Seinfeld’s Michael Richards on his life-saving cancer surgery and why he regrets racist outburst to this day

The Cosmo Kramer actor said he thought he was going to die

Lydia Spencer-Elliott
Thursday 23 May 2024 17:12 BST
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Jerry asks Kramer why his apartment has been flooded with red light in Seinfeld 1996 sketch

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Seinfeld star Michael Richards has opened up about the operation that saved his life after he was diagnosed with prostate cancer in 2018.

Richards, 74, shot to fame playing Jerry Seinfeld’s eccentric neighbour Cosmo Kramer on the hit sitcom that ran between 1989 and 1998.

The actor has written about his diagnosis in his upcoming memoir Entrances and Exits, which will be released in the UK on 6 June.

Richards was told he had stage one prostate cancer after a routine check up revealed high Prostate-Specific Antigen (PSA) levels.

Speaking to People, the actor said he thought the diagnoses meant it was his “time” to die and he felt “ready to go”.

It was only after seeing his son Antonio, who was nine at the time, that the actor decided to try and “get a little more life going”.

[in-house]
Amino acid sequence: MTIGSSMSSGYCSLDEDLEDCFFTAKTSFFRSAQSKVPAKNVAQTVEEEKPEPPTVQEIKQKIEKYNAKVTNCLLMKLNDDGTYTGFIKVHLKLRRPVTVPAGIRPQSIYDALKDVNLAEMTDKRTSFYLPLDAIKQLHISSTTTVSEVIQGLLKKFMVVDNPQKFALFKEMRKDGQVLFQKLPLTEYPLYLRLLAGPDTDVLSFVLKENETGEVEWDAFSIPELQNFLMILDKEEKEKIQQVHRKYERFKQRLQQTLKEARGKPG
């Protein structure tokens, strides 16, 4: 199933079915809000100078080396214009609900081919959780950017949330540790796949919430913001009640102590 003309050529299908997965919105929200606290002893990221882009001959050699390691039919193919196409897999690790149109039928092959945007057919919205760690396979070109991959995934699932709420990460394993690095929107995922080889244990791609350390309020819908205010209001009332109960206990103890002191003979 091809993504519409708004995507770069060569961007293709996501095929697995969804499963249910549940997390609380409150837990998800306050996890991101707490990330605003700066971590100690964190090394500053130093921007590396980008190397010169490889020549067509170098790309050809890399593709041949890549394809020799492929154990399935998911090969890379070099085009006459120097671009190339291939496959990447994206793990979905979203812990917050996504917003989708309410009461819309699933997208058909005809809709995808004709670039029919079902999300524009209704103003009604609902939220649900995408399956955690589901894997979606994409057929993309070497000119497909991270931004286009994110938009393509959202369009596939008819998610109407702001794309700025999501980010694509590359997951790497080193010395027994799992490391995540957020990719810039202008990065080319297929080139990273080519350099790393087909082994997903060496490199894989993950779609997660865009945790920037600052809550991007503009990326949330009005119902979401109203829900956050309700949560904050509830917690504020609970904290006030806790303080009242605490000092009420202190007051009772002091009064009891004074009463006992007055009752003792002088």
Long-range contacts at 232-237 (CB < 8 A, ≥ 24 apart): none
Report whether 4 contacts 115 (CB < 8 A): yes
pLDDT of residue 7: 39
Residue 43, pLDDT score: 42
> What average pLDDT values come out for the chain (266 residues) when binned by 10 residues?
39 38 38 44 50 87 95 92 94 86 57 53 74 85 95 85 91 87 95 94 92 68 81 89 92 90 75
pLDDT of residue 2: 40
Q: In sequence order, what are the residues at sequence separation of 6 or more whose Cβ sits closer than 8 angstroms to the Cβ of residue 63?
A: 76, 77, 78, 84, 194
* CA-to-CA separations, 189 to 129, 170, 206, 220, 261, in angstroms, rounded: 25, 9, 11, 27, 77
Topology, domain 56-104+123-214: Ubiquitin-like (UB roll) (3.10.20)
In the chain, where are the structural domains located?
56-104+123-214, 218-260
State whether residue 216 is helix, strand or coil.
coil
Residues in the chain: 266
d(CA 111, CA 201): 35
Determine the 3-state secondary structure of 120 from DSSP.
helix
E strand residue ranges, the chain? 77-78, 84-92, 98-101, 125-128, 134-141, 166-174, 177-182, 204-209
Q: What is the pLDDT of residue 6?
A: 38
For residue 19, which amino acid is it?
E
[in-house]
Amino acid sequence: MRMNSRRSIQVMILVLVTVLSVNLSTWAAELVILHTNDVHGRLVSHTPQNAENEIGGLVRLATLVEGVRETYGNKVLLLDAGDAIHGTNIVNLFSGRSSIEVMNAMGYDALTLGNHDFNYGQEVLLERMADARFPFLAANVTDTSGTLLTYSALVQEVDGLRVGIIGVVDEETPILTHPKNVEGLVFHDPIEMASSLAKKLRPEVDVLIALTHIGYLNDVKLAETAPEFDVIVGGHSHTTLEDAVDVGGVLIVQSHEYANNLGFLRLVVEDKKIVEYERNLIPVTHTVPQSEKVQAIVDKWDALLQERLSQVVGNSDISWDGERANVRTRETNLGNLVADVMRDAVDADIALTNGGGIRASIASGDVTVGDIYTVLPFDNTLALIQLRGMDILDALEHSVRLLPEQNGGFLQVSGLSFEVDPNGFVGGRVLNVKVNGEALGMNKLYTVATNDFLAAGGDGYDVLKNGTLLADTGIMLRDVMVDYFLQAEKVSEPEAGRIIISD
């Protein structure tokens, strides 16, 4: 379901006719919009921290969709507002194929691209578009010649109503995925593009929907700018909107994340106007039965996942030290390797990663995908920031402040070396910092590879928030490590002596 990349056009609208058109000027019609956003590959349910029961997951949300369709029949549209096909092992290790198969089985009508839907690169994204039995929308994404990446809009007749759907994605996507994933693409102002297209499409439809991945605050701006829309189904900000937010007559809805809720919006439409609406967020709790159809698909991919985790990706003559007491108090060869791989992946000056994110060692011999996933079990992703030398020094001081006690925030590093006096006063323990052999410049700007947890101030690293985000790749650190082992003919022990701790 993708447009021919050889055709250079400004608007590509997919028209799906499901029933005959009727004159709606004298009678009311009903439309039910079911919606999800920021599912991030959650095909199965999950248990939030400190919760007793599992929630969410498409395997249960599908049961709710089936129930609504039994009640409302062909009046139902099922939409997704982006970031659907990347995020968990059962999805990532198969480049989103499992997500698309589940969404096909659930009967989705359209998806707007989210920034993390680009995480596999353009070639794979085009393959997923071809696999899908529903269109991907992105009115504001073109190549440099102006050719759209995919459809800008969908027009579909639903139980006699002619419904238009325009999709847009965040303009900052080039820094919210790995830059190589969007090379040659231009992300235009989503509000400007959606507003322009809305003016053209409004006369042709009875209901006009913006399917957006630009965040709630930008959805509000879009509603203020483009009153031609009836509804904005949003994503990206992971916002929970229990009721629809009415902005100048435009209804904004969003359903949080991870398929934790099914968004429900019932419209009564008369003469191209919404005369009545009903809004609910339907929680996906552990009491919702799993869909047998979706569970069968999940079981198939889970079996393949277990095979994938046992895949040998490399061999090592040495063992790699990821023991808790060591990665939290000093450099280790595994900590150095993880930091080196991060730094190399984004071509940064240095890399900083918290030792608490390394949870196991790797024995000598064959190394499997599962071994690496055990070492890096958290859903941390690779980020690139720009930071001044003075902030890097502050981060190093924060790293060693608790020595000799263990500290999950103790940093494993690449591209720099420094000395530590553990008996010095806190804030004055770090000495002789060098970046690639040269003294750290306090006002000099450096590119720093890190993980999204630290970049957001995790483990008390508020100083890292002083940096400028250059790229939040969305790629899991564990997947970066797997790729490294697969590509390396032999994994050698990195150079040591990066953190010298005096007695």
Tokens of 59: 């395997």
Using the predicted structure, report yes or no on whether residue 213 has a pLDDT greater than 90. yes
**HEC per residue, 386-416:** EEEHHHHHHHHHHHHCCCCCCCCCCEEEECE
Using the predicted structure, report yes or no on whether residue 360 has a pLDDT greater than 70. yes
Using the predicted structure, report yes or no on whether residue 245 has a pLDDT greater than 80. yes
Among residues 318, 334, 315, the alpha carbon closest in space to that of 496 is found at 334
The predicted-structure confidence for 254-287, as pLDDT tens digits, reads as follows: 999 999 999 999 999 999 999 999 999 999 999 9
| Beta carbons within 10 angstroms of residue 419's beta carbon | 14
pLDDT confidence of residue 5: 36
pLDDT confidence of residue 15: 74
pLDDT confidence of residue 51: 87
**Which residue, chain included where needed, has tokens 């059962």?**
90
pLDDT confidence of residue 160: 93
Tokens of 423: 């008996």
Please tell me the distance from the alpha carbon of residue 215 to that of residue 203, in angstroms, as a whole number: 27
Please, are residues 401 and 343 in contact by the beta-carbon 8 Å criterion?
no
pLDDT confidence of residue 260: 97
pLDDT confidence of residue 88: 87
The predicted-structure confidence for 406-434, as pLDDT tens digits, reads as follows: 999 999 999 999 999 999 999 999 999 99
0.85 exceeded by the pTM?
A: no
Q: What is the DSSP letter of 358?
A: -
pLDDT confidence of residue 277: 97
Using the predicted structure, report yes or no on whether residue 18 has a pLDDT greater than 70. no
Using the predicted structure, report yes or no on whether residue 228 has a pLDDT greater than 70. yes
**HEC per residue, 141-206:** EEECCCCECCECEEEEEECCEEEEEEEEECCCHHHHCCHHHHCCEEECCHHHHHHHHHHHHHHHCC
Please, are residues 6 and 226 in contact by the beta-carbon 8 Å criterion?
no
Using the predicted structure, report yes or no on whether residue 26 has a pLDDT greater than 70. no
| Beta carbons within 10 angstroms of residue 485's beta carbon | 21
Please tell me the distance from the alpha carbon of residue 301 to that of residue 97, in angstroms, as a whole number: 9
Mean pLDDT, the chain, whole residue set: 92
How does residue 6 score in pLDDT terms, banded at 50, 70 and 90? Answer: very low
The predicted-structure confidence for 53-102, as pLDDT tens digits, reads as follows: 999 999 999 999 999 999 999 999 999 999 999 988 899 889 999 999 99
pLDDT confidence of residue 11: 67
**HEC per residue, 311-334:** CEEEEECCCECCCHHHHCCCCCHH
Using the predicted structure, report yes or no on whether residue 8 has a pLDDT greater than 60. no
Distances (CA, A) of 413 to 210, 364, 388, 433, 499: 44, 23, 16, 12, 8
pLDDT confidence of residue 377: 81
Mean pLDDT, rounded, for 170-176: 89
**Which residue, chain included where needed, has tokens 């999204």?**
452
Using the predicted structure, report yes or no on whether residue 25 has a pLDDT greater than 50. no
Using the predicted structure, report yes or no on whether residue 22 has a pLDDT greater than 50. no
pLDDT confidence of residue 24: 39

Although doctors didn’t recommend surgery, Richards opted for an operation to remove the entire prostate following a worrying biopsy.

Seinfeld star Michael Richards has opened up about the prostate cancer operation that saved his life
Seinfeld star Michael Richards has opened up about the prostate cancer operation that saved his life (Getty Images)

“It had to be contained quickly," he said. “I had to go for the full surgery. If I hadn’t, I probably would have been dead in about eight months.”

Richards has spent the last 18 years largely out of the limelight since being filmed onstage at the Laugh Factory in Los Angeles hurling racist insults, including the N-word, at a group of hecklers during his stand-up set.

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The actor told People: “I was immediately sorry the moment I said it onstage and has claimed, despite releasing his memoir, he’s “not looking for a comeback”.

Asked about that night in 2006, Richards said he has no excuse for the language he used. “I’m not racist,” he said. “I have nothing against Black people. The man who told me I wasn’t funny had just said what I’d been saying to myself for a while. I felt put down. I wanted to put him down.

“My anger was all over the place and it came through hard and fast,” continued Richards. “Anger is quite a force. But it happened. Rather than run from it, I dove into the deep end and tried to learn from it. It hasn’t been easy.”

Richards told the publication that he’s spent the last 17 years in “deep analysis,” and said: “It was time to figure out where all the anger was coming from.”

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